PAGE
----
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Gerrit Code Review - Superprojects subscribed to submodules updates
Gerrit supports a custom git superproject feature for tracking submodules.
This feature is useful for automatic updates on superprojects whenever
a change is merged on tracked submodules. To take advantage of this
feature, one should add submodule(s) to a local working copy of a
superproject, edit the created .gitmodules configuration file to
have a branch field on each submodule section with the value of the
submodule branch it is subscribing to, commit the changes, push and
merge the commit.
When a commit is merged to a project, the commit content is scanned
to identify if it registers git submodules (if the commit registers
any gitlinks and .gitmodules file with required info) and if so,
a new submodule subscription is registered.
When a new commit of a registered submodule is merged, Gerrit
automatically updates the subscribers to the submodule with a new
commit having the updated gitlinks.
Git Submodules Overview
It is a git feature that allows an external repository to be
attached inside a repository at a specific path. The objective here
is to provide a brief overview, further details can be found
in the official git submodule command documentation.
Imagine a repository called 'super' and another one called 'a'.
Also consider 'a' available in a running Gerrit instance on "server".
With this feature, one could attach 'a' inside of 'super' repository
at path 'a' by executing the following command when being inside
git submodule add ssh://server/a a
Still considering the above example, after its execution notice that
inside the local repository 'super' the 'a' folder is considered a
gitlink to the external repository 'a'. Also notice a file called
.gitmodules is created (it is a config file containing the
subscription of 'a'). To provide the sha-1 each gitlink points to in
the external repository, one should use the command:
git submodule status
In the example provided, if 'a' is updated and 'super' is supposed
to see the latest sha-1 (considering here 'a' has only the master
branch), one should then commit the modified gitlink for 'a' in
the 'super' project. Actually it would not even need to be an
external update, one could move to 'a' folder (insider 'super'),
modify its content, commit, then move back to 'super' and
commit the modified gitlink for 'a'.
Creating a New Subscription
Defining the Submodule Branch
This is required because Submodule subscription is actually the
subscription of a submodule project and one of its branches for
a branch of a super project.
Since it manages subscriptions in the branch scope, we could have
a scenario having a project called 'super' having a branch 'integration'
subscribed to a project called 'a' in branch 'integration', and also
having the same 'super' project but in branch 'dev' subscribed to the 'a'
project in a branch called 'local-dev'.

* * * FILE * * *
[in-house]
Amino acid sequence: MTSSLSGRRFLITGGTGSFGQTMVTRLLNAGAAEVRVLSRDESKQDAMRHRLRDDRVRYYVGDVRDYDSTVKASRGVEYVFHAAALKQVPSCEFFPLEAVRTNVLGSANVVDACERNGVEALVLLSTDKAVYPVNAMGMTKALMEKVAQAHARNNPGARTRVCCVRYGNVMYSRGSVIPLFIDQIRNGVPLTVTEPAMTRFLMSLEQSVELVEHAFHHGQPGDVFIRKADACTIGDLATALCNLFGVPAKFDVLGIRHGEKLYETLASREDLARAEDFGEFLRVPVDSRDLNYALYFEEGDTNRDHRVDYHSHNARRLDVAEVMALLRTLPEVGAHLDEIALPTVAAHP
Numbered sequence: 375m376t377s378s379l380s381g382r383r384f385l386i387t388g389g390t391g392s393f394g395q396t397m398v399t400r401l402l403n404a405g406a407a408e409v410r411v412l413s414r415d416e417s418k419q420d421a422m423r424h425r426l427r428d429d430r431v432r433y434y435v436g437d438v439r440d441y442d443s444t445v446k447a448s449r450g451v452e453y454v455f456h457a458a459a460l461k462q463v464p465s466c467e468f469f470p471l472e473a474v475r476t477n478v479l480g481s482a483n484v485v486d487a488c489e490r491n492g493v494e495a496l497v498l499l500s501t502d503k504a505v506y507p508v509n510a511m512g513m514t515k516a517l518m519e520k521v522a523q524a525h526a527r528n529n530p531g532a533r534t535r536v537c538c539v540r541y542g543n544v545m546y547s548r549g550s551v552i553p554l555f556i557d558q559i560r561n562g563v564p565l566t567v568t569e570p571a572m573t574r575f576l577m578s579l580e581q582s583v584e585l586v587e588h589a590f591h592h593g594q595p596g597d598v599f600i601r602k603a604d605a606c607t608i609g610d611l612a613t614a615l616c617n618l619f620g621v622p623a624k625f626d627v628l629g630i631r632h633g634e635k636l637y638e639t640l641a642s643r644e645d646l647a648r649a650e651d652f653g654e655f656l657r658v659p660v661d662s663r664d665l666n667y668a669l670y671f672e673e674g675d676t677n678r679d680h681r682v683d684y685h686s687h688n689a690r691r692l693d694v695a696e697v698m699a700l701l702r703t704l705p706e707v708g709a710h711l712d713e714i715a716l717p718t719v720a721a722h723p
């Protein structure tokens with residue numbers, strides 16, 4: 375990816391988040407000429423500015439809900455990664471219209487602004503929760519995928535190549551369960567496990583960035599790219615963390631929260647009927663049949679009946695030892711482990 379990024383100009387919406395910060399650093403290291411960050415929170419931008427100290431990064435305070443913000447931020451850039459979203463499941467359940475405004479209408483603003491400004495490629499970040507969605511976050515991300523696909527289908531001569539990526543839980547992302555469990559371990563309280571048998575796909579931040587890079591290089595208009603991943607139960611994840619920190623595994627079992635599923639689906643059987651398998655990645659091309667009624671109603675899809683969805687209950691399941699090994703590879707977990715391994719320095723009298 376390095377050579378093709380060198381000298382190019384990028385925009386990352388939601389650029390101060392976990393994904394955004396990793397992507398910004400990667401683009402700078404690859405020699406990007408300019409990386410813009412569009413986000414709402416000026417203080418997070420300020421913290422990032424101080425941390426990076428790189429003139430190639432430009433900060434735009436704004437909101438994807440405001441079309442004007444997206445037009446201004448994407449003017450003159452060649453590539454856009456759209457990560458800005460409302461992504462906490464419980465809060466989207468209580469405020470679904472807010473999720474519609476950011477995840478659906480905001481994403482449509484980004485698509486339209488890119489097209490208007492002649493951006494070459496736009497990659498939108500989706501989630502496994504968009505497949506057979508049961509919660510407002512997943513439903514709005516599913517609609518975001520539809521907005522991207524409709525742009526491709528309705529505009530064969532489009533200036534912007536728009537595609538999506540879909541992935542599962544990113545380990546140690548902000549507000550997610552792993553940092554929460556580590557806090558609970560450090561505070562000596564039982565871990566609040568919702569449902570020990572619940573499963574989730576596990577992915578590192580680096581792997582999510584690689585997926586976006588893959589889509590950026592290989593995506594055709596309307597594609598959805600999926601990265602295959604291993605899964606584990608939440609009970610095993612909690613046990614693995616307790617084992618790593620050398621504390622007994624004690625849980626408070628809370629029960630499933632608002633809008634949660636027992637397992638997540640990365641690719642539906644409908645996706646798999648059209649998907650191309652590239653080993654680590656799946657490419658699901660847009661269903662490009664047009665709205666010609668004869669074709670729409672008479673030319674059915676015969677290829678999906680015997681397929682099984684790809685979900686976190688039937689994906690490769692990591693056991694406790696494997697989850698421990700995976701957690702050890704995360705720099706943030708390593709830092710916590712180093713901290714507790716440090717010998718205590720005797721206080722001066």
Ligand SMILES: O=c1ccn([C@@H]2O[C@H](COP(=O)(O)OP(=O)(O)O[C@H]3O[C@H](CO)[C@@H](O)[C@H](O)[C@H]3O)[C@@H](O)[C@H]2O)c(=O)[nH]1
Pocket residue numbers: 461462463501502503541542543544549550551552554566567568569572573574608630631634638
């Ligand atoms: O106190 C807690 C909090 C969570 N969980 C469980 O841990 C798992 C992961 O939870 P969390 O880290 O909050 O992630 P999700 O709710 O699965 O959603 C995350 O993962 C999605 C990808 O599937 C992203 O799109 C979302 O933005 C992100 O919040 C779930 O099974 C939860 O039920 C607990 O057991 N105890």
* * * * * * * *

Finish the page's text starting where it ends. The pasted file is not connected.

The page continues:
After adding the git submodule to a super project, one should edit
the .gitmodules file to add a branch field to each submodule
section which is supposed to be subscribed.
The branch field is not filled by the git submodule command. Its value
should indicate the branch of a submodule project that when updated
will trigger automatic update of its registered gitlink.
The branch value could be '.' if the submodule project branch
has the same name as the destination branch of the commit having
gitlinks/.gitmodules file.
The branch field of a submodule section is a custom git submodule
feature for Gerrit use. One should always be sure to fill it in
editing .gitmodules file after adding submodules to a super project,
if it is the intention to make use of the Gerrit feature introduced here.
Any git submodules which are added and not have the branch field
available in the .gitmodules file will not be subscribed by Gerrit
to automatically update the superproject.
Detecting and Subscribing Submodules
Whenever a commit is merged to a project, its content is scanned
to identify if it registers any submodules (if the commit contains new
gitlinks and a .gitmodules file with all required info) and if so,
a new submodule subscription is registered.
Automatic Update of Superprojects
After a superproject is subscribed to a submodule, it is not
required to push/merge commits to this superproject to update the
gitlink to the submodule.
Whenever a commit is merged in a submodule, its subscribed superproject
is updated.
Imagine a superproject called 'super' having a branch called 'dev'
having subscribed to a submodule 'a' on a branch 'dev-of-a'. When a commit
is merged in branch 'dev-of-a' of 'a' project, Gerrit automatically
creates a new commit on branch 'dev' of 'super' updating the gitlink
to point to the just merged commit.
Canonical Web Url
Gerrit will automatically update only the superprojects that added
the submodules of urls of the running server (the one described in
the canonical web url value in Gerrit configuration file).
The Gerrit instance administrator group should always certify to
provide the canonical web url value in its configuration file. Users
should certify to use the url value of the running Gerrit instance to
add/subscribe submodules.
Removing Subscriptions
If one has added a submodule subscription and drops it, it is
required to merge a commit updating the subscribed super
project/branch to remove the gitlink and the submodule section
of the .gitmodules file.
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